Blog

Thoughts and insights from our work applying behavioral science to social problems

Equipping Global Health Workers with a Behavioral Lens

by Annie Kleiman, Ely McElwee, & Emily Zimmerman

Over the past several years, we at ideas42 have collaborated with health practitioners around the globe to make health care services more accessible and behaviorally informed. Throughout these projects our partners consistently raised one question: How can we learn to apply these behavioral insights ourselves? As skilled and experienced health practitioners, our partners have a […]

How Should We Estimate the Number of People in the U.S. Experiencing Poverty?

by Matt Darling & Allison Yates-Berg

How should we estimate the number of people in the United States experiencing poverty? The official measurement the government uses is the “poverty threshold.” This metric, developed in the 1960s, assesses whether a family’s income is enough to buy a basket of goods (valued at three times what the average family spent on food in […]

What’s It Like to Partner with a Behavioral Design Lab?

by Eva Matos and Emily Zimmerman

Over the past three years, ideas42 has collaborated with nine financial institutions across Mexico and Chile to leverage behavioral science to support their clients’ financial health—implementing 40 interventions for 440,000 study participants, and ultimately reaching over 21 million people. Supporting financial health around the world is one of the areas we focus our work to […]

Helping Small Business Owners Plan for their Financial Futures in Mexico

by Ariadna Vargas

Virginia owns a small business outside of Mexico City. Her brother, whom she cares for, suffers from a chronic health problem, so Virginia needs to have some cash available for covering expenses from sudden medical emergencies if they arise. Until recently, she maintained her savings with an informal community savings group, run by her neighbor, […]

Bringing Behavioral Design to NYC Non-profits

by Laura Wolff

Last year, with support from W.T. Grant Foundation, The New York Community Trust, and the Booth Ferris Foundation, we launched the NYC Behavioral Design Center (BDC) to bring behavioral science insights and design strategies to New York non-profit organizations with a focus on strengthening service delivery and civic engagement. By offering support through multiple channels including in-depth […]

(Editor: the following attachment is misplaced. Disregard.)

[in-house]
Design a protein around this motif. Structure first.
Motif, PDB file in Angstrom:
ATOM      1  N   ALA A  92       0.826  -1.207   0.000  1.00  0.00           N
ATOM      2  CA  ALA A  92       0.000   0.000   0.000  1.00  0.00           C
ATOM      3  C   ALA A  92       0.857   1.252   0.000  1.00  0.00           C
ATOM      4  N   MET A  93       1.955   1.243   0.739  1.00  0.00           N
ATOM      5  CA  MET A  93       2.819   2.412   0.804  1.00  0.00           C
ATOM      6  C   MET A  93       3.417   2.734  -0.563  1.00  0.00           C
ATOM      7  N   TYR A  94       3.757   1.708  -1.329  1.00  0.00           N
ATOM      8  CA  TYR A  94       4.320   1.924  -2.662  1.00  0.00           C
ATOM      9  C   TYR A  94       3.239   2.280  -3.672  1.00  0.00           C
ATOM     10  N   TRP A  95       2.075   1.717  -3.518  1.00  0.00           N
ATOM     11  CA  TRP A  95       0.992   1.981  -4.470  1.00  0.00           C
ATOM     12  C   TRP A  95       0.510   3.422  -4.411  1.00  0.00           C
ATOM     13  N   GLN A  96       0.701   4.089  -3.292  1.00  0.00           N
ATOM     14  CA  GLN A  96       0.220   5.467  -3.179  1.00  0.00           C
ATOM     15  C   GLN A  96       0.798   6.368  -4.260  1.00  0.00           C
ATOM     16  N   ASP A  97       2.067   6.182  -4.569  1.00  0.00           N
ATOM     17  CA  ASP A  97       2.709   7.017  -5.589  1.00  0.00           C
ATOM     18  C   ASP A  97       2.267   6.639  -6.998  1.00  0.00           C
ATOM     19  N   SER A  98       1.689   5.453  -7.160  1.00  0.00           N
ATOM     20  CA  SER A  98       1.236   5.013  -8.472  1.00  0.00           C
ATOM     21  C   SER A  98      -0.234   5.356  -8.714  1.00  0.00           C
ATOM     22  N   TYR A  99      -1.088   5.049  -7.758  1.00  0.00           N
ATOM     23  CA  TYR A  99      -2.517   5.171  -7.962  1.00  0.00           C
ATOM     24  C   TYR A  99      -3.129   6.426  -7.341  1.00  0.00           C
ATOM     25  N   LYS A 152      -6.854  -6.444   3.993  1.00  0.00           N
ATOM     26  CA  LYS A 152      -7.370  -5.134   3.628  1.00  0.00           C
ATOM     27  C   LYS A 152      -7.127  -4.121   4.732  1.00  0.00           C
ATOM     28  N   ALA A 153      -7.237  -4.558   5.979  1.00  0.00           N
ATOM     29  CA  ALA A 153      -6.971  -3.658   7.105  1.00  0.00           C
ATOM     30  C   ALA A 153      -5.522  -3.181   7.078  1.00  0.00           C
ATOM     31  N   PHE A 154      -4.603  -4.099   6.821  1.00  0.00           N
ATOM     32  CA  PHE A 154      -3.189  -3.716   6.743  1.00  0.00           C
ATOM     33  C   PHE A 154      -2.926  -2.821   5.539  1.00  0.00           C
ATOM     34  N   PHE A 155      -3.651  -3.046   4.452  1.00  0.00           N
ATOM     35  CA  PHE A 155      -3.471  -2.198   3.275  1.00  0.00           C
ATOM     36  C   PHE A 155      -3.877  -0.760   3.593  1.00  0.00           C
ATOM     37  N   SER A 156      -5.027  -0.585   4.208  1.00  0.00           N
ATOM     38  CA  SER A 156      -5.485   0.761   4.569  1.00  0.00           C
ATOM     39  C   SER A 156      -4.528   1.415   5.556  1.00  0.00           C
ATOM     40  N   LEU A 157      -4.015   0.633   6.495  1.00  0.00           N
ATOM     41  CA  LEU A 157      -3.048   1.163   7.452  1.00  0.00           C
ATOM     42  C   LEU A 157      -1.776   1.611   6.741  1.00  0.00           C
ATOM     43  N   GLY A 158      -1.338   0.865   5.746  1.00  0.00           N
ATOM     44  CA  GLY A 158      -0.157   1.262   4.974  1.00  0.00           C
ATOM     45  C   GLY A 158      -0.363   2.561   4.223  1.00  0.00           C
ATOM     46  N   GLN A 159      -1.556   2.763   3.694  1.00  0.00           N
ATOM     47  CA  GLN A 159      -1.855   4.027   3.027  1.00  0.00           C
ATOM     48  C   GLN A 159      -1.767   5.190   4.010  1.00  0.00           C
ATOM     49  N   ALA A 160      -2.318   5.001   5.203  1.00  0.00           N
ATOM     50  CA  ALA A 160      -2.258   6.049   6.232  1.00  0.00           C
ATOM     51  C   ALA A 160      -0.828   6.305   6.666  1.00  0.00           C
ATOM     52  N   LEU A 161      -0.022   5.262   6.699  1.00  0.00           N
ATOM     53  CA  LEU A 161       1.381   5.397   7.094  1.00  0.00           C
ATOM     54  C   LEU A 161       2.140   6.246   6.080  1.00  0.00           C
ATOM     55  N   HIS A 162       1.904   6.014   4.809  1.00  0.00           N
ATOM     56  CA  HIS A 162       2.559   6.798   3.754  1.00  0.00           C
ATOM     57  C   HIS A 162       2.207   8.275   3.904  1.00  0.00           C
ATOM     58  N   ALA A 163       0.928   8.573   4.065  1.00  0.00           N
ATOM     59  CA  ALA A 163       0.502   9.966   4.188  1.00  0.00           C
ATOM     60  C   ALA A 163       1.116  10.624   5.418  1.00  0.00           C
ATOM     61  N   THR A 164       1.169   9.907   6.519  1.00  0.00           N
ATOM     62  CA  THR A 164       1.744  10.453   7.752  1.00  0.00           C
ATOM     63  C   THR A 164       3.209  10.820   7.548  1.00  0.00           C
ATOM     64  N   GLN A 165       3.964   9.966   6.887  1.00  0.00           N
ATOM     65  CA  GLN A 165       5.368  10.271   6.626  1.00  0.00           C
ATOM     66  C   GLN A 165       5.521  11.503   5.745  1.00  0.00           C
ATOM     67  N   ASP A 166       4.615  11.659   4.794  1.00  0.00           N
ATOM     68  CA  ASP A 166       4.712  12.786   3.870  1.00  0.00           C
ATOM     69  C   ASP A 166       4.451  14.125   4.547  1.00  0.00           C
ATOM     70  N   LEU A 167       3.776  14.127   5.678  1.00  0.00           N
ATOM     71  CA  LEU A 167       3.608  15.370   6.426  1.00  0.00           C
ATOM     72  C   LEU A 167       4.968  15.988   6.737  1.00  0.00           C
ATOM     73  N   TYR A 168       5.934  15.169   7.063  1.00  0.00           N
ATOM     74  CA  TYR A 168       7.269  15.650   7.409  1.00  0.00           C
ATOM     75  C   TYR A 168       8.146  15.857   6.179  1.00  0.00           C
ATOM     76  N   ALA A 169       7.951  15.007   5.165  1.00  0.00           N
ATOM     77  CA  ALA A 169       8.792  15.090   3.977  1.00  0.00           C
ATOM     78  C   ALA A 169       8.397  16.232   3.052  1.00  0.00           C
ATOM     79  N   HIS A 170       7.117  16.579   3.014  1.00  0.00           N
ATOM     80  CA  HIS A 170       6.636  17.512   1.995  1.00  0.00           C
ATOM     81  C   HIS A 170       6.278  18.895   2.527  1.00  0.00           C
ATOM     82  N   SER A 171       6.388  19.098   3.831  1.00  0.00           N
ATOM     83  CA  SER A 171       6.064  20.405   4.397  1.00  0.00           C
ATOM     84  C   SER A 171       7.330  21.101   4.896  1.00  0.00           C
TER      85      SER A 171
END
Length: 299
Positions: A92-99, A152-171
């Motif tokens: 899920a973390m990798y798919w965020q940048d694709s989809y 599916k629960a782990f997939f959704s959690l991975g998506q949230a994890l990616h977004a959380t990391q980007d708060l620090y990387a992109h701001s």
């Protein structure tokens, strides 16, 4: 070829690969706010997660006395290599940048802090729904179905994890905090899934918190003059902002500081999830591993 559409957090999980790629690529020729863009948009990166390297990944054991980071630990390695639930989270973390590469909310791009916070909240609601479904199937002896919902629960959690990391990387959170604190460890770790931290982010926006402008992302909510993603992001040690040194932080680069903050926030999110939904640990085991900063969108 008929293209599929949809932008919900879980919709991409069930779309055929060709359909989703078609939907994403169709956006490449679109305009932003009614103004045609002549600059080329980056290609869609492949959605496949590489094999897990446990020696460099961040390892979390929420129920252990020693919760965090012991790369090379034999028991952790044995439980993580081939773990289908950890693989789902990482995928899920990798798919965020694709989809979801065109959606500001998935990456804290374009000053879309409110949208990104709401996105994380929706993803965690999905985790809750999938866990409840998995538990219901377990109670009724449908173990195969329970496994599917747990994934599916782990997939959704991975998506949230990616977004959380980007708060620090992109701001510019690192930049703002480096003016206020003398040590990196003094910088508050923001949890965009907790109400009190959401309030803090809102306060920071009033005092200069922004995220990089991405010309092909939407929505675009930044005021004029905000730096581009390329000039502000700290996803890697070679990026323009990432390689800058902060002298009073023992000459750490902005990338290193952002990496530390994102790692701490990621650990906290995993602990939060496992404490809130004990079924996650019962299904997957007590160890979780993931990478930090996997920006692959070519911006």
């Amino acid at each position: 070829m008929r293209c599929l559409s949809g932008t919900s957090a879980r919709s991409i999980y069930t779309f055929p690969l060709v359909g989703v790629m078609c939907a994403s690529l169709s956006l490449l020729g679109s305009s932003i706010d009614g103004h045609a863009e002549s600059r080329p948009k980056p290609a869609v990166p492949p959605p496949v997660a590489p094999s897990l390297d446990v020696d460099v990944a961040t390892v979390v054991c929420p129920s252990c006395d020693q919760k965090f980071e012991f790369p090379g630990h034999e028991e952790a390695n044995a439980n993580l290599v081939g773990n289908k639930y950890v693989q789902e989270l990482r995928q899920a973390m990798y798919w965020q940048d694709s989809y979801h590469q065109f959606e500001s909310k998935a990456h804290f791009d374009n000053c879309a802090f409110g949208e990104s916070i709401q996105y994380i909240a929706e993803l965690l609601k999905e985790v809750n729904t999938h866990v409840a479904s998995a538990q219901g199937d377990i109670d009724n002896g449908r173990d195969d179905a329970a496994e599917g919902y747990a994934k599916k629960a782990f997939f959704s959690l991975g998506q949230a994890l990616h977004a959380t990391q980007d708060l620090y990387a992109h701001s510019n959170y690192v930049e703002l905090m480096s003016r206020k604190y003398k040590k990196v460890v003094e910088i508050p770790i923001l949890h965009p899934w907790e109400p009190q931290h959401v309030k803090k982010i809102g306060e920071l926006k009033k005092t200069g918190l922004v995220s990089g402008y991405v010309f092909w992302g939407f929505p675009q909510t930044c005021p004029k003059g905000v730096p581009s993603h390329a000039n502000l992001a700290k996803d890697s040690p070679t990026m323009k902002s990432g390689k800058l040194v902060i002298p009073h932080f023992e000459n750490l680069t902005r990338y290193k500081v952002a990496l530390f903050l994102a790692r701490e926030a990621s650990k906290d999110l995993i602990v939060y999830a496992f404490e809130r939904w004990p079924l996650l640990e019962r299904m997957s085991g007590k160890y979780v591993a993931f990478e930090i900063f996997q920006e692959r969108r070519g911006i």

Of Mice and Mountains: The Case for a Pragmatic Evaluation

by Morgan Yucel

“The best laid plans of mice and men often go astray.” An 18th century poet like Robert Burns could scarcely have imagined something akin to the model that ideas42 and our partners at IntraHealth International designed to integrate family planning services with immunization days at health posts in Senegal, but he couldn’t have offered a […]

ideas42 Seminar Series: A Talk with Emily Balcetis

by ideas42

With the ideas42 Seminar Series, we invite leading scholars to share their insights and what inspires their exploration into human behavior. Our New York office was pleased to host Emily Balcetis, an Associate Professor of Psychology at New York University. Emily is interested in the conscious and nonconscious ways people orient to the world. She […]

Social Norms for Social Good: 3 Insights to Apply

by Liana Johnson

Social norms are a powerful tool for improving lives—they have helped people get healthier, save more money, and take positive environmental actions. While social norms sound simple—“tell people what others are doing and they’ll change their behavior!”—there are plenty of nuances to leveraging them for social good. Apply these three insights to optimize your social […]

Work Requirements Don’t Work

by Anthony Barrows

In 2015, the Supplemental Nutrition Assistance Program (SNAP) prevented 8.4 million people from living in poverty. This essential and effective safety net program helps people with low incomes purchase food for themselves and their families—an estimated 40.8 million Americans were living in poverty in 2015; absent SNAP benefits, that number would have been 49.1 million. Despite its […]

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